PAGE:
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Dodson became chief of the Schomburg in 1984. Under his direction, the Center’s

holdings doubled to 10 million. Acquisitions included the collections of Malcolm X,

Lorraine Hansberry and Maya Angelou. Publishing projects Dodson spearheaded

have included numerous microform editions of collections of original documents,

a six-volume encyclopedia of African American history and culture, and

a 30-volume collection of writings by African-American women



Howard Dodson, Jr. Named Director

of Moorland-Spingarn and Howard University Libraries
Scholar Noted for Raising the Profile of Harlem’s Schomburg Center


Howard Dodson Jr., a national leader in the movement to preserve African-American history, has been named the new director of the Moorland-Spingarn Research Center and director of the Howard University Library System.  Dodson retired last year from his position as director of Harlem’s Schomburg Center for Research in Black Culture after 27 years of service.

"Dodson brings a wealth of knowledge and expertise as the new leader of Moorland-Spingarn Research Center and University Libraries," said Howard University President Sidney Ribeau. "He will be instrumental as we execute our research agenda and preserve our cultural treasures."  

The Moorland-Spingarn Research Center (MSRC) is recognized as one of the world's largest and most comprehensive repositories for the documentation of the history and culture of people of African descent in Africa, the Americas, and other parts of the world. As one of Howard University's major research facilities, the MSRC collects, preserves, and makes available for research a wide range of resources chronicling the Black experience.

“We have too few centers that are documenting the global Black experience. Moorland has been one of the most important ones for nearly 100 years,” Dodson said.

Its collections include more than 175,000 bound volumes and tens of thousands of journals, periodicals, and newspapers; more than 17,000 feet of manuscript and archival collections; nearly 1000 audio tapes; hundreds of artifacts; 100,000 prints, photographs, maps, and other graphic items. The collections are used by scholars, museums, students, and other researchers from Howard University and throughout the world. Information provided by the MSRC is regularly used in exhibitions, video productions, news programming, and a wide range of publications.Dodson’s immediate priorities at Howard University include increasing Moorland’s hours: providing twenty-four hour service in Founders Library, and enhancing the interior environments of both. He also plans to expand access to collections and make the libraries more active partners in student learning and university research. Finally, he plans to revitalize and upgrade the University’s library system, the newest member of the Washington Research Library Consortium.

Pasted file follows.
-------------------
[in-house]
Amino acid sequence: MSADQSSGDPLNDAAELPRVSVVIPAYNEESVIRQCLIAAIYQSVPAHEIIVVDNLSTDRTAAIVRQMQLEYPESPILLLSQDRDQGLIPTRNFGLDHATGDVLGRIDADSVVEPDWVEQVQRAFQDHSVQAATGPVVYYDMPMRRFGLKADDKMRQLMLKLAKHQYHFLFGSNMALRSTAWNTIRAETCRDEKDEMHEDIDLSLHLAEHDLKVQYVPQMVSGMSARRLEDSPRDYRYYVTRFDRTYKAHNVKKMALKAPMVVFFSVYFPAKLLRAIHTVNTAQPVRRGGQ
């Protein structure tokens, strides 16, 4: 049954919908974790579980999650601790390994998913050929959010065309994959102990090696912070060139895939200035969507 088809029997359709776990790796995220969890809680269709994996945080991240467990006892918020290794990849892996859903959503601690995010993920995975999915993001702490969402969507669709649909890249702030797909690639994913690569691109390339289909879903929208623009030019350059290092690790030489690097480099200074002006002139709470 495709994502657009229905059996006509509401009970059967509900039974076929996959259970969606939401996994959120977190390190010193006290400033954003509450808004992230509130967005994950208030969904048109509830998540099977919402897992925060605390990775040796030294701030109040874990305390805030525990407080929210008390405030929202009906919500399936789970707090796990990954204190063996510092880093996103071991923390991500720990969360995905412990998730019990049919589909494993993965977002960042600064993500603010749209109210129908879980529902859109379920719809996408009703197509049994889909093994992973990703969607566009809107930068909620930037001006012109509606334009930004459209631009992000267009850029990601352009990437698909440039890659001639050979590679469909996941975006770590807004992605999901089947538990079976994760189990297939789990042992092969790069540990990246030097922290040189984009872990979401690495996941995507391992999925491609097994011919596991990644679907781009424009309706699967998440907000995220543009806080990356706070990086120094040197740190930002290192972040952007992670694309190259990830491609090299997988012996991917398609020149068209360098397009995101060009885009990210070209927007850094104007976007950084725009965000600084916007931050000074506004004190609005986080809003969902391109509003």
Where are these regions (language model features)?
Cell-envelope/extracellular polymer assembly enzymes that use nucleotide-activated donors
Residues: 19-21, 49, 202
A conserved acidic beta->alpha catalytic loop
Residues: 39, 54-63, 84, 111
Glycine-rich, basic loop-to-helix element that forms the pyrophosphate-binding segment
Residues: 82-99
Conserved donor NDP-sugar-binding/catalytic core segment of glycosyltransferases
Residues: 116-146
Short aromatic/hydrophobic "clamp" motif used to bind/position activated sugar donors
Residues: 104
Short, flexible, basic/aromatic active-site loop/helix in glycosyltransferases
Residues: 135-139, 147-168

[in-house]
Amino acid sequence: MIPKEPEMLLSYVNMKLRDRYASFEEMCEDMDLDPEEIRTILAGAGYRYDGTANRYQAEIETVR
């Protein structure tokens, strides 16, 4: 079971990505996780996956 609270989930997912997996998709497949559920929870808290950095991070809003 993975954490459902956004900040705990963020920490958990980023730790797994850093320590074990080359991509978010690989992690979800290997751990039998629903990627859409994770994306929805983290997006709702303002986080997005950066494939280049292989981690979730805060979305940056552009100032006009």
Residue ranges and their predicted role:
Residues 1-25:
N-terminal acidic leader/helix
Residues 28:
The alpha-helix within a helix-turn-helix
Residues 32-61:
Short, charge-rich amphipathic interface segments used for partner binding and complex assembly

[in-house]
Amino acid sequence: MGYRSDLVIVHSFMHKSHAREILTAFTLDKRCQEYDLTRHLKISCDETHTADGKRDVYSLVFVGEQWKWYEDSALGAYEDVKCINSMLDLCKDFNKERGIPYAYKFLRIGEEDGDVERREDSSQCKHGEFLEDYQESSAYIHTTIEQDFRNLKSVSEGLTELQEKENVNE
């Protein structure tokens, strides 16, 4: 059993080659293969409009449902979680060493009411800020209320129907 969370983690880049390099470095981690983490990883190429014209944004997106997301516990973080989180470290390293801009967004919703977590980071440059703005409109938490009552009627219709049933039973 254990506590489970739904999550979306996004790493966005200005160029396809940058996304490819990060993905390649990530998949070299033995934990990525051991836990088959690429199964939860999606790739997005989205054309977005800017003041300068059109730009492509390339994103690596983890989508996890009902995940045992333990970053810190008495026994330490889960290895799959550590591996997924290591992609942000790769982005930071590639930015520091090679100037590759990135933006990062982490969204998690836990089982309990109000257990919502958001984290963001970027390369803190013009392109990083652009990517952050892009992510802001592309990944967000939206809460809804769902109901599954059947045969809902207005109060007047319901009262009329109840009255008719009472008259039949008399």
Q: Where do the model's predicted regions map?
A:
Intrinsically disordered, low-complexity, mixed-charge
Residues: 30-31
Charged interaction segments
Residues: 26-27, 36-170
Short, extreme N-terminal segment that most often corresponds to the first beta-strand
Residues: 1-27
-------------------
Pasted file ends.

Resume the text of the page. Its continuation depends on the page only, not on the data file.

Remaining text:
Dodson is credited with extending the reach and reputation of the Schomburg Center through major exhibitions and acquisitions. Today, the Center is recognized as one of the leading institutions of its kind in the world.

Dodson became chief of the Schomburg in 1984. Under his direction, the Center’s holdings doubled to 10 million. Acquisitions included the collections of Malcolm X, Lorraine Hansberry and Maya Angelou. Publishing projects Dodson spearheaded have included numerous microform editions of collections of original documents, a six-volume encyclopedia of African American history and culture, and a 30-volume collection of writings by African-American women.

Under Dodson’s stewardship, the Schomburg Center has been an innovator in using the Internet to increase access to library materials. He enhanced the quality of the Schomburg Center’s exhibitions, public programs, and special events. Attendance tripled to 120,000 people per year.

Dodson was born in Chester, Penn., in 1939. He graduated from West Chester State College in 1961 with a degree in social studies and secondary education and in 1964 received a master’s degree in history and political science from Villanova University. Dodson joined the Peace Corps in 1964, serving for two years in Ecuador and later as a national Peace Corps staff member. He then entered a doctoral program at the University of California, Berkeley where he focused on the comparative history of slavery in the Western Hemisphere.

Through the years, Dodson has lectured widely on various topics nationally and internationally. His books include Becoming American: The Africa-American Journey; In Motion: the African-American Migration Experience; Jubilee: the Emergence of African-American Culture; and The Black New Yorkers: The Schomburg Illustrated Chronology.